Paractenopsyllus raxworthyi Duchemin & Ratovonjato, 2004,

Hastriter, Michael & Dick, Carl, 2009, A description of the flea species Paractenopsyllus madagascarensis n. sp. and the female sex of Paractenopsyllus raxworthyi Duchemin & Ratovonjato, 2004 (Siphonaptera, Leptopsyllidae) from Madagascar with a key to the species of Paractenopsyllus, ZooKeys 13 (13), pp. 43-55: 53-54

publication ID

http://doi.org/ 10.3897/zookeys.13.174

publication LSID

lsid:zoobank.org:pub:5D2F4F0B-5786-4DEF-8414-650C511153EB

DOI

http://doi.org/10.5281/zenodo.3792102

persistent identifier

http://treatment.plazi.org/id/03DE87EA-C97C-FFD3-FF68-52CFFBEFB007

treatment provided by

Plazi

scientific name

Paractenopsyllus raxworthyi Duchemin & Ratovonjato, 2004
status

 

Paractenopsyllus raxworthyi Duchemin & Ratovonjato, 2004 

Figs 14-16View Figure 14-16

Material Examined. 13, (MR-265, DNA voucher F-290, BYU), Antsiranana Province, Andranomifototra (13°14.4’S, 49°35.2’E), 750-900 m elec., 5.4 km W Ankijabe, ex Microgale drouhardi G. Grandidier, 1934  ( UADBA 46021View Materials), 11 IX 2002, M. RaheriarisenaGoogleMaps  ; 1♀, (MR-172), Antsiranana Province, Andohan Analamazava (13°14.8’S, 49°36.1’E), 3.8 km W Ankijabe, 600-900 m elev., ex M. drouhardi  ( UADBA 45933View Materials), 26 X 2002, M. Raheriarisena. Mammal specimens are deposited in the Université d’Antananarivo, Département de Biologie Animale ( UADBA), MadagascarGoogleMaps  .

Diagnosis of female. Female sex (previously unknown) may be distinguished from all other species bearing two lobes on the caudal margin of S-VII and 28 or fewer ctenidia in the pronotal comb by the very broad and rounded lobes of the S-VII ( Fig. 14View Figure 14-16). Most similar to P. vauceli Klein, 1965  in appearance of the spermatheca (distinctly longer that wide), but the two differ in the shape of the bursa copulatrix and perula. The caudal margin of the bursa copulatrix of P. raxworthyi  is symmetrically curved from base to perula and the sclerotized dorsal portion of perula is elongated ( Fig. 16View Figure 14-16).

Description of female. Unless otherwise stated, the female characters of P. raxworthyi  do not differ from those of P. madagascarensis  described above. Head ( Fig. 14View Figure 14-16). Distance from frontal tubercle to oral angle less than from oral angle to base of first genal spine. Thorax. Pronotal ctenidia with 25 spines. Mesepisternum with only two small setae. Metepimeron with one seta in front anterior row. Legs. Same as P. madagascarensis  . Unmodified Abdominal Segments. Sternites III-VI with 4 stout setae in main rows. Modified Abdominal Segments ( Figs. 15-16View Figure 14-16). Antesensilial bristles 3; lateral and mesal bristles nearly as long as middle bristle. Only 3 setae on mesal surface of T-VIII. Caudal margin of S-VII with broad dorsal lobe subtended by sinus and much larger ventral lobe (length 2× maximum width).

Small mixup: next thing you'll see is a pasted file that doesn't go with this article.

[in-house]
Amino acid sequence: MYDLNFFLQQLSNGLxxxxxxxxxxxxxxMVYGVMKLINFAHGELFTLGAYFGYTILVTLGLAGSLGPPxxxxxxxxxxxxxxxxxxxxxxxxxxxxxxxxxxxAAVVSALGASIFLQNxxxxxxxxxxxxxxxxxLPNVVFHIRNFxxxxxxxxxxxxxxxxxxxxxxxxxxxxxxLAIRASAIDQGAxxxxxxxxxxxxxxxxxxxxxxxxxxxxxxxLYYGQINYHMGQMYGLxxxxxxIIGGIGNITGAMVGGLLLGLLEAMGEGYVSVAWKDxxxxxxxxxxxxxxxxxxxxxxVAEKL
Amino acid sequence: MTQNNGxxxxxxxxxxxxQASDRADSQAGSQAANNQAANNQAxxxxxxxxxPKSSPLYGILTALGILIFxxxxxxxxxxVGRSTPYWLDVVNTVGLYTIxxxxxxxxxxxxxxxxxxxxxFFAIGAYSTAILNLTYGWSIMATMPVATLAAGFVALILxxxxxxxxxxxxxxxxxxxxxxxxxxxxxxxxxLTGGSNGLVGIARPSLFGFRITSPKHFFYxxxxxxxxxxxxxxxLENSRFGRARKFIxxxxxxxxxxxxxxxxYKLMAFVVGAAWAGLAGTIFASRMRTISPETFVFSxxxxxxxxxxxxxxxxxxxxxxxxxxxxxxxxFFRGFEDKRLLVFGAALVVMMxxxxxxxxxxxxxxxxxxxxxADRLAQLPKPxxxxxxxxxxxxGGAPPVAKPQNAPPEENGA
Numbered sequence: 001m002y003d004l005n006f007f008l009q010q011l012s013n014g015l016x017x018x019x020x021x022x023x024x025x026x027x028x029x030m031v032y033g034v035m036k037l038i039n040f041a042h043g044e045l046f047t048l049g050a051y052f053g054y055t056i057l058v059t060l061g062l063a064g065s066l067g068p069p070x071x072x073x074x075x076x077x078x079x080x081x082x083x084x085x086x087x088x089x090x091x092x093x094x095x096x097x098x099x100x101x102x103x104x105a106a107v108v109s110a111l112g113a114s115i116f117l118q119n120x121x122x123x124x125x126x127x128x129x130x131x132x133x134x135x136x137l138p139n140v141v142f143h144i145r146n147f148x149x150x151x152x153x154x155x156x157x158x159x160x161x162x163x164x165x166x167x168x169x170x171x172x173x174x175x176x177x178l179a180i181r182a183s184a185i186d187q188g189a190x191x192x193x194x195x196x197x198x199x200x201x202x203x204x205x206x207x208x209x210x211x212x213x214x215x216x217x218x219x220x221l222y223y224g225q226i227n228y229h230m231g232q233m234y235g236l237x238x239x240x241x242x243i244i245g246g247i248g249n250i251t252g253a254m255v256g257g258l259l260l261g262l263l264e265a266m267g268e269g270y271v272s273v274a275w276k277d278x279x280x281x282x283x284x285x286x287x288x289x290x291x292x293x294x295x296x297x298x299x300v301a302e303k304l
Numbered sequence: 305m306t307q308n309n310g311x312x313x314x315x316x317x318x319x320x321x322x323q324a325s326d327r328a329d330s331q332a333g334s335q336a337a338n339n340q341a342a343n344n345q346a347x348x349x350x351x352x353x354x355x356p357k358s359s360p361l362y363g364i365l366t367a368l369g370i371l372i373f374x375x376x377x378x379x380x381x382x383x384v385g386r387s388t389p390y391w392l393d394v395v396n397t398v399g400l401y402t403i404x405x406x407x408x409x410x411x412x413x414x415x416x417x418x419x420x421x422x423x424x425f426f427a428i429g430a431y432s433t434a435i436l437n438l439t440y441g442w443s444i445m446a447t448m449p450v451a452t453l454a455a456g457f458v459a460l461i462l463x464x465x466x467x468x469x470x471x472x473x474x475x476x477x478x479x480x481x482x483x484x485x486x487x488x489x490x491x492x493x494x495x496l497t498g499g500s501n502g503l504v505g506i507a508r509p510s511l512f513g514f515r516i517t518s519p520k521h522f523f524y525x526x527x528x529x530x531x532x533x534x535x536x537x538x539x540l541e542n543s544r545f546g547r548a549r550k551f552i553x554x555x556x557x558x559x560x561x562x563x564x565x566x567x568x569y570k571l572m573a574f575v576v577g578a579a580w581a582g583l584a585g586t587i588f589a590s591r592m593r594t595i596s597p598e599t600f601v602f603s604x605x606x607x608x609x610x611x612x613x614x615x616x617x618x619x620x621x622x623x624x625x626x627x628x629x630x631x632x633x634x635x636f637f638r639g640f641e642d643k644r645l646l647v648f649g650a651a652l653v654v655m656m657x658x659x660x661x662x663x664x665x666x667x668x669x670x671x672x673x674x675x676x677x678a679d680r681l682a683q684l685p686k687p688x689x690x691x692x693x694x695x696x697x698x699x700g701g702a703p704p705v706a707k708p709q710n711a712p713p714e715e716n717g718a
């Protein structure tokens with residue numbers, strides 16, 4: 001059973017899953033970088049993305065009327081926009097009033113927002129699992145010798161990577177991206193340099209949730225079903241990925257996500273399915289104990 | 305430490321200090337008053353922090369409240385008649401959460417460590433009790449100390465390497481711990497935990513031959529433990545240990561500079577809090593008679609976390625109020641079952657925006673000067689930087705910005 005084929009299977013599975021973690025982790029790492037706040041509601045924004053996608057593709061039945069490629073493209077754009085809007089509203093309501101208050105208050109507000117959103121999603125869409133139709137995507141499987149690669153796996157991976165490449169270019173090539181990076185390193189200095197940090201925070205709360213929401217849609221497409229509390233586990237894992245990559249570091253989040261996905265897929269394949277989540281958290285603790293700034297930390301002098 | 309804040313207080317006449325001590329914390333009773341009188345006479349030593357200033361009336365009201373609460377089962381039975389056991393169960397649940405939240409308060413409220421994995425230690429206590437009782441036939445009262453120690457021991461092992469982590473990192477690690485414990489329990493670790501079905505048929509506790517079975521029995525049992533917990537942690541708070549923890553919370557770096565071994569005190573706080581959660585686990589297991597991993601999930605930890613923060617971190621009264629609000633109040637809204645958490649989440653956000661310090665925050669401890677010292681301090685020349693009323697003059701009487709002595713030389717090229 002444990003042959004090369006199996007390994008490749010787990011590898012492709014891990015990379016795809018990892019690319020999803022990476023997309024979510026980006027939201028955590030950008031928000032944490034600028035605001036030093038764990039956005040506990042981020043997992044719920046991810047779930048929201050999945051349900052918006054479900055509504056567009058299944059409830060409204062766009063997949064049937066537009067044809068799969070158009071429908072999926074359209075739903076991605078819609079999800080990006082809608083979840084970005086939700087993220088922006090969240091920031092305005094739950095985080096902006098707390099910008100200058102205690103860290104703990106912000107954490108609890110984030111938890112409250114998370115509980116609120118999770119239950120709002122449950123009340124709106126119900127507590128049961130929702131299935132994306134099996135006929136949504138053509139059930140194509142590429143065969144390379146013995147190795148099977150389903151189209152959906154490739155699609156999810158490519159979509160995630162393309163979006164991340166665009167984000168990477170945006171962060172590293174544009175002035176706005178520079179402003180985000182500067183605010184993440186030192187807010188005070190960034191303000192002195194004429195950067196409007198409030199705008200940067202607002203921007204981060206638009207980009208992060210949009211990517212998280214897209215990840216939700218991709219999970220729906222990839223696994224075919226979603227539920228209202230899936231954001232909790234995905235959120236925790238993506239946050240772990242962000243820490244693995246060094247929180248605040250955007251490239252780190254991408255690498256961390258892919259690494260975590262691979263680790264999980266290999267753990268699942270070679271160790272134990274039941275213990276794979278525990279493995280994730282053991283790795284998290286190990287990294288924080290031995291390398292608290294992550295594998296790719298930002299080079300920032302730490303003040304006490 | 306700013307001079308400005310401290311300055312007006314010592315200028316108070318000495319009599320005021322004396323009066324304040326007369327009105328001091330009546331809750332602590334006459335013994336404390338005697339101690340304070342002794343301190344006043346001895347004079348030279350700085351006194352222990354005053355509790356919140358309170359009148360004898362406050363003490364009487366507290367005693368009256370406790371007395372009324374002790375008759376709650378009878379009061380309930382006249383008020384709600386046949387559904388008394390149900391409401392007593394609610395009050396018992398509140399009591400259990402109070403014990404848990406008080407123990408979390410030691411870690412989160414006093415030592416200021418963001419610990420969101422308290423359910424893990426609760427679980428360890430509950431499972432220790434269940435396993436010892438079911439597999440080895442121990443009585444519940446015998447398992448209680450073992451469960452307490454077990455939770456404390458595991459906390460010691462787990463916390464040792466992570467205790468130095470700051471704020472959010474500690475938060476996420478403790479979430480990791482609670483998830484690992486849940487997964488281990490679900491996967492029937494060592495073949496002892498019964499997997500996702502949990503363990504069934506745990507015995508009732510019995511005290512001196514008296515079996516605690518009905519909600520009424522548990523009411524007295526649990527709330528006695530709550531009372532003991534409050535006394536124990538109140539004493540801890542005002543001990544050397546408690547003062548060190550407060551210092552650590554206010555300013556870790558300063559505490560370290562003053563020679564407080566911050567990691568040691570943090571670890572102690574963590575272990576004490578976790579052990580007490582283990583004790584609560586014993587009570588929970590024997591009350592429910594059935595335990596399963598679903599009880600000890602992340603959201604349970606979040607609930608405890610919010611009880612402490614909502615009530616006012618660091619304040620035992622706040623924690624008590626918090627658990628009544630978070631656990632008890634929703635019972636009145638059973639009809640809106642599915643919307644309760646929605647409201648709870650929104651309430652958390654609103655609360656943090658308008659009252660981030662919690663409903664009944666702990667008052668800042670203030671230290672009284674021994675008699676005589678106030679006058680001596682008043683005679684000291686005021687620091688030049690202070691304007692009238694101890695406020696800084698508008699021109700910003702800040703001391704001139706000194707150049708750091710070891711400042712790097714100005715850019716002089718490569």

Length (slide mounted specimens): Male: 2.0 mm (n = 1); Female: 2.7 mm (n = 1).

Remarks. Paractenopsyllus raxworthyi  was known only from two males collected from Tenrec ecaudatus (Schreber, 1777)  and Microgale brevicaudata G. Grandidier, 1899  from Antisiranana Province (Duchemin and Ratovonjato 2004). Our sole female specimen may prove to belong to another yet undescribed species, but we base our association of this female with that of the male sex of P. raxworthyi  on the following criteria: 1, both specimens were collected in the same season (26 October, ♀, and 11 November, 3), 2, both collected within the same narrow range of elevation (600-900 m), 3, both collected from the same host species (no other Paractenopsyllus  species has ever been collected from this host species), and 4, the species is noticeably smaller than all other known species within the genus with the exception of P. duplantieri  and P. juliamarinus  . The length to width ratio of the bulga of the spermatheca of P. raxworthyi  differs from the latter two species. Each of our specimens collected from a different specimen of M. drouhardi  represent a new host record. DNA analysis was completed for the male for another study and is mentioned only for identification purposes. DNA analysis of both the male and female would have alleviated any doubt as to the identity of the female as P. raxworthyi  . Unfortunately, the female was mounted on a glass slide before the authors realized its herein applied association with that of the P. raxworthyi  male.

BYU

Monte L. Bean Life Science Museum

UADBA

University dAntananarivo, Department de Biologie Animale